Pakistan voters urged to defy radicals


Pakistani soldiers take up positions on May 10 in Peshawar, Pakistan, a day before the nationwide election. A spate of killings, kidnappings and bombings has marred the run-up to the election. (Mohammad Sajjad/AP)

The government on Friday urged Pakistan’s 80 million registered voters to defy extremist threats of suicide-bomb attacks on polling stations and trust that stepped-up security forces — 670,000 police, paramilitary troops and army soldiers — would safeguard the public in Saturday’s historic cliffhanger election.

“Our message is that the Pakistani people’s resolve for democracy is much greater than the Taliban’s threat to stop it,” said Arif Nizami, the information and broadcasting minister.

The election-season caretaker government has faced fierce criticism from secular-party candidates for failing to protect them from relentless violence — including the kidnapping at gunpoint this week of a former prime minister’s son, an aspiring lawmaker, at a campaign rally.

The ex-premier, Yousuf Raza Gilani, said that such acts have hurt the electoral chances of his liberal Pakistan People’s Party, which just completed an unprecedented five-year term, by forcing it to circumscribe campaigning.

The anti-militant Awami National Party and progressive Muttahida Qaumi Movement, both hard hit by the Pakistani Taliban, also blame the weak interim government for allowing the native anti-state insurgency to effectively rig the vote.

“Our candidates, supporters and workers are facing threats of the Taliban on a daily basis,” said Bashir Jan, the ANP’s general secretary in Sindh province, who survived a bomb attack a few days ago.

Nizami said the responsibility for campaign security falls mainly to provincial officials, although the federal government also has a role. “We are not buck-passing,” the minister said, “but under the circumstances, you can’t provide seamless security.”

About 115 people have died in attacks against candidates, party offices and rallies since the month-long campaign season began April 11. The election, which will bring an unprecedented handoff between elected governments, is thought to be the deadliest in the nation’s 65-year history.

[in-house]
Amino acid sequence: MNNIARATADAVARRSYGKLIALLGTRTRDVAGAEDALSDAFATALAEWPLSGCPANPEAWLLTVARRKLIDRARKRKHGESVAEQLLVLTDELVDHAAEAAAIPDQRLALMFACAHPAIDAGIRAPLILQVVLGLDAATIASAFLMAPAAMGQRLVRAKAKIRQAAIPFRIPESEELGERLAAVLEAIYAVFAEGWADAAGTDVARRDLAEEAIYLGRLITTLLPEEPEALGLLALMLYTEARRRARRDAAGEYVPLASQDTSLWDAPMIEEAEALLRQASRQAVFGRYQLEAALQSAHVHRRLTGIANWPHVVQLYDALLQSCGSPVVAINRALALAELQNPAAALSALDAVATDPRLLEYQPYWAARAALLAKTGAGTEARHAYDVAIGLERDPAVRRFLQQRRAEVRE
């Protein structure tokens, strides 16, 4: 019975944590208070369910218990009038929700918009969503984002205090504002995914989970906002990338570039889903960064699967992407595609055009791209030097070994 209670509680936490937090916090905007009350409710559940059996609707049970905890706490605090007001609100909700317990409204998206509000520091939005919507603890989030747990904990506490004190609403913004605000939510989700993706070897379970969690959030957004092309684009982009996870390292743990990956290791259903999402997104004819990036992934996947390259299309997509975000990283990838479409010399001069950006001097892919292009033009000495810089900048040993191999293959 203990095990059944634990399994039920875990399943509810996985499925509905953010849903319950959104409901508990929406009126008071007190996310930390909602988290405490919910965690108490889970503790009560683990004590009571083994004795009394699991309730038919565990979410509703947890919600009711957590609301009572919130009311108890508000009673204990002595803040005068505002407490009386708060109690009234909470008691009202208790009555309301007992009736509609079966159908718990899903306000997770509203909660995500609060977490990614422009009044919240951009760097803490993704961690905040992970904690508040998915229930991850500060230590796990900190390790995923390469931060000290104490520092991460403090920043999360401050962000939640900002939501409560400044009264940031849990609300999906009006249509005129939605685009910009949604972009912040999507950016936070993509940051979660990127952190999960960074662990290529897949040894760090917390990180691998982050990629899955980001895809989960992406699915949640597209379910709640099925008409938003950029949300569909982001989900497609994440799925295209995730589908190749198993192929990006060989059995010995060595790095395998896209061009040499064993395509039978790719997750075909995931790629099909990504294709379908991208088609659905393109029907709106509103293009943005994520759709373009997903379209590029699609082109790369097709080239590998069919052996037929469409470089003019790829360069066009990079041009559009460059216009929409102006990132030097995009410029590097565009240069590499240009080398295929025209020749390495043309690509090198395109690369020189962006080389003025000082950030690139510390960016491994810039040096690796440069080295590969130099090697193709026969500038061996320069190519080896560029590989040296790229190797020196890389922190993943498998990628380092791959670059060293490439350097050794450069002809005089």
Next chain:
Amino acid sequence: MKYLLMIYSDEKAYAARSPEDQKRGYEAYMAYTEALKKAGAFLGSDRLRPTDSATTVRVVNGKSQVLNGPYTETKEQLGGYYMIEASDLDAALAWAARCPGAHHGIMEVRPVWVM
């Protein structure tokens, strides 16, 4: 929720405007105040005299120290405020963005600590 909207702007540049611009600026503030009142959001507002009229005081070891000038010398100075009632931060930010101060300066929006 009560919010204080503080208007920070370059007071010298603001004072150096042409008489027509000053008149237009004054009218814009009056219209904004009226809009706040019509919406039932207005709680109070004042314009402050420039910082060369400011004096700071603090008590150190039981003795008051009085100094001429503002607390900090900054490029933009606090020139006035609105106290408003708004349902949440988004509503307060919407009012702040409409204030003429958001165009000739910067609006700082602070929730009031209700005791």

At least 36 million Pakistanis are expected to turn out Saturday at 77,000 polling stations to elect national and provincial assemblies. Participation might well be higher, election officials say, because of an increase in new voters.

Half of those registered are first-time voters between ages 18 and 39, election officials said, and many have been galvanized by charismatic third-party candidate Imran Khan, a cricket champion also widely respected for his philanthropy.

Khan, 60, is still hospitalized and recovering from back injuries after a fall from a forklift used to raise him to the stage this week during a campaign rally in Lahore.

“He should be up and running in two weeks,” Khan’s campaign manager, Asad Umar, said Friday, citing doctors’ assessments.

The process of forming a government can take at least that long, especially when there is no clear winner and parties must broker a coalition.

Some pundits say Khan may benefit from a sympathy vote. In Islamabad, he drew more than 30,000 supporters Thursday night for a rally he addressed by video link.

But Shamila N. Chaudhary, a senior analyst at the Eurasia Group, and other experts still predict that former two-time prime minister Nawaz Sharif’s Pakistan Muslim League-N is most likely to win the most seats and has the best chance of cobbling together a coalition government — but one that may get little done.

“I imagine that there’s going to be a hung parliament,” Michael Kugelman, an analyst at the Woodrow Wilson Center, said in a briefing this week. “I don’t see any way any party will get an outright majority. And I imagine that Nawaz Sharif will be the prime minister, but I would not want to be held to that. Imran Khan certainly is a wild card.”

Khan and Sharif both have benefited from not being targeted by the Pakistani Taliban. The insurgent group has said it does not consider them enemies because neither party was in power when the military launched operations against the group.

But the al-Qaeda-aligned militants have threatened to blow up polling places — usually schools — to derail the overall election, because they consider voting a secular exercise that violates Islamic tenets.

Haq Nawaz Khan in Peshawar an Nisar Mehdi in Karachi contributed to this report.

Richard Leiby is a senior writer in Post’s Style section. His previous assignments have included Pakistan Bureau Chief, and reporter, columnist and editor in Washington. He joined The Post in 1991.
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